will not be in the same case as a wife, for such persons are bound to accuse [the  man] or to withdraw from his service; otherwise they are taken to consent. 1If a  woman has been condemned for a crime and is pregnant, execution of sentence is  sometimes deferred after judgment rendered until she has given birth,2 whether  conception took place before the offence or after it. To the same intent is D. 48.19.3,  where it is said that punishment of a pregnant woman who is condemned is deferred  until she gives birth, nor is she to be put to the question so long as she is pregnant,  that is, she may not be tortured.
Of manifest theft and of an approver who confesses.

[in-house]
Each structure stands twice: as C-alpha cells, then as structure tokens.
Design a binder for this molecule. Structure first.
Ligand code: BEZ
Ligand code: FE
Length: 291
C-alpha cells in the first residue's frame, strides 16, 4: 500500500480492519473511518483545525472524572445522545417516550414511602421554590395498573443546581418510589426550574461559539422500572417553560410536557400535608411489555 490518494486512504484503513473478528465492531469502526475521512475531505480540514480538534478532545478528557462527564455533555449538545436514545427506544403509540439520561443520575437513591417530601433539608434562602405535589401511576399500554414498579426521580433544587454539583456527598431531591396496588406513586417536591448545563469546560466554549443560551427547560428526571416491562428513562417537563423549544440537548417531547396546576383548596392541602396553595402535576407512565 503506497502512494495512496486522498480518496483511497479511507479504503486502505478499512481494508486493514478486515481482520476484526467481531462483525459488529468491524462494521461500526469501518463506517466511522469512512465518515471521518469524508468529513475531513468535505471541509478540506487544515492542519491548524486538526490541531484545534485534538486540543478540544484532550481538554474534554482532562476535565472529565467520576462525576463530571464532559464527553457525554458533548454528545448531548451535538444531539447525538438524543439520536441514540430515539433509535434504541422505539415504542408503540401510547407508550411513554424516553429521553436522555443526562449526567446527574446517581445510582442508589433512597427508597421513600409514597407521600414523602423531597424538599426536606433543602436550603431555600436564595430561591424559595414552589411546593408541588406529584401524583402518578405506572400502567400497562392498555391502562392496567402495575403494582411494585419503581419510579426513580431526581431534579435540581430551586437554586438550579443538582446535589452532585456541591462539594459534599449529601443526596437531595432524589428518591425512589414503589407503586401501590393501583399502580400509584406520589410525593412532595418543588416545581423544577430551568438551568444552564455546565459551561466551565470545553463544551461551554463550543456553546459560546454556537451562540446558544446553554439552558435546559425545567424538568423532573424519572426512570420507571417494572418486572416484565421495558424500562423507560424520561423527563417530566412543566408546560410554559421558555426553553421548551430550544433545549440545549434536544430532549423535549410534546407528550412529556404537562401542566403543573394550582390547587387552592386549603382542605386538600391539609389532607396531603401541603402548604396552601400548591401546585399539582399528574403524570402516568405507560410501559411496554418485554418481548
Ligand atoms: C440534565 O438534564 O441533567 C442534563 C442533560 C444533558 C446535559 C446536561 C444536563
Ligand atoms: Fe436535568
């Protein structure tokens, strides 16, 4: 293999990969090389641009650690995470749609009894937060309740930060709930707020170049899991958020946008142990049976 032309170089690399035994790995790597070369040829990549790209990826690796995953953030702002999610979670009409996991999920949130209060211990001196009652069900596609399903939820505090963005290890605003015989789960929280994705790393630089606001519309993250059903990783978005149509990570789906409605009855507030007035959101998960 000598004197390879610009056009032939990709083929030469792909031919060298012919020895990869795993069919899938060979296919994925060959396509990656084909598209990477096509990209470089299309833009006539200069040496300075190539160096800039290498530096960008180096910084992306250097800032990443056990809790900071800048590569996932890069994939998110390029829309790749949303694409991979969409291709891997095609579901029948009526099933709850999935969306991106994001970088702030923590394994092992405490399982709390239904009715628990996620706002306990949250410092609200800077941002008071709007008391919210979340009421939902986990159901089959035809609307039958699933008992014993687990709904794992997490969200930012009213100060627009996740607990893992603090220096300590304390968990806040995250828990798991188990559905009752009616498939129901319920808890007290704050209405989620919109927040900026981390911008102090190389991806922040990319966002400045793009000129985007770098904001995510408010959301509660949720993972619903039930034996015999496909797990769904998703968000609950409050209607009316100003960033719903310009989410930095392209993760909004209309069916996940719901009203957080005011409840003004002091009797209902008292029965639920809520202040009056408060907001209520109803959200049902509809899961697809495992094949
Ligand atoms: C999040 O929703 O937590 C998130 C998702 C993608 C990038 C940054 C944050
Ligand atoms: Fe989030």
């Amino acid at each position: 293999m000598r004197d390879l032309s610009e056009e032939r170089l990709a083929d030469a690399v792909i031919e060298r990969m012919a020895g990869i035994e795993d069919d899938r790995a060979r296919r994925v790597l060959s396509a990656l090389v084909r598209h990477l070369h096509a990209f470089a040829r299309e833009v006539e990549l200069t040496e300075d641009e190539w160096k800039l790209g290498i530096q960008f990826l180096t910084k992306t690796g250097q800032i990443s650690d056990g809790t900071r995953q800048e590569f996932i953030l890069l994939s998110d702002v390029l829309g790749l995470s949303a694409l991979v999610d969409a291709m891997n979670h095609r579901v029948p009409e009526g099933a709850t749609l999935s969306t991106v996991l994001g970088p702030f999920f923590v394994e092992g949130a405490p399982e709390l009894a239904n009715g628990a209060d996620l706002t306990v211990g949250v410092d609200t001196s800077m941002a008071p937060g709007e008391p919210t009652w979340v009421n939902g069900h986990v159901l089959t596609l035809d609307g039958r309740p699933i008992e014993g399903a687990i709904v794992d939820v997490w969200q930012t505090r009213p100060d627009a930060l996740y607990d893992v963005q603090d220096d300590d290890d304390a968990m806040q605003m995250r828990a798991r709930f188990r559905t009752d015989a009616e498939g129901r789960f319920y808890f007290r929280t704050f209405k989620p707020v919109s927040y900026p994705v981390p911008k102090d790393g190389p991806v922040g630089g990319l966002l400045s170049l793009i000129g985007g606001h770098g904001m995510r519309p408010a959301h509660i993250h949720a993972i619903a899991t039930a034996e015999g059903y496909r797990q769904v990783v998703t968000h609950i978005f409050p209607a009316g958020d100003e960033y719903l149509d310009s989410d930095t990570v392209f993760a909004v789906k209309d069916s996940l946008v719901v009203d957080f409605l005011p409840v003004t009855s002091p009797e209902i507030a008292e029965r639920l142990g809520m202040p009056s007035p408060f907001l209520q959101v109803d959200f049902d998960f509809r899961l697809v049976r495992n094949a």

When one caught with the proceeds of theft, [sometimes3 without any [such]  proof,] confesses the theft and that he is a thief, or confesses the homicide or robbery,  or that he has committed some other felony, or been outlawed, or has broken  gaol, or abjured the realm, or has done something because of which he bears his  judgment with him, the lord king may if he wishes grant him his life and members on  condition that he rid the country of [so many] criminals, by his body or by the  country or by flight, according as the number and method is agreed upon between  them. He may appeal any he wishes of confederacy and theft, or of any other  felony, unless4 he is law-abiding and in frankpledge, [or] has a lord who avows him,  [or] is willing to put himself on the country. 5<[Those who] bear their judgment with  them, that is, those condemned by sentence of the court, have no appeal against  anyone, law-abiding or not, because their rod is completely broken. But this will not  be true of an approver, for though he has confessed the crime he has not received  judgment.>6[If the law-abiding appellee is delivered by the country, the lawless  approver will be condemned as a liar and taken as convicted.]7[If he is not in a  tithing and has no lord who avows him and refuses to put himself on the country,  then, since there is nothing to be said in his favour8 and he is thus on a par with the  appellor, let the duel proceed between them.9 And so if on the appeal of an approver  he puts himself on the country with respect to the robbery and theft, or the other  felony alleged against him by the approver, and is found suspect by the country, let  the duel proceed between them.] For a felon or a self-confessed thief has no right to  speak against a law-abiding man who is able and willing to put himself on the country  regarding his obedience to the law. 10When a man has confessed theft or other  felony and become an approver before any who have record with respect to such  confession, he either persists in that intention before the justices or he does not.  If he does not, but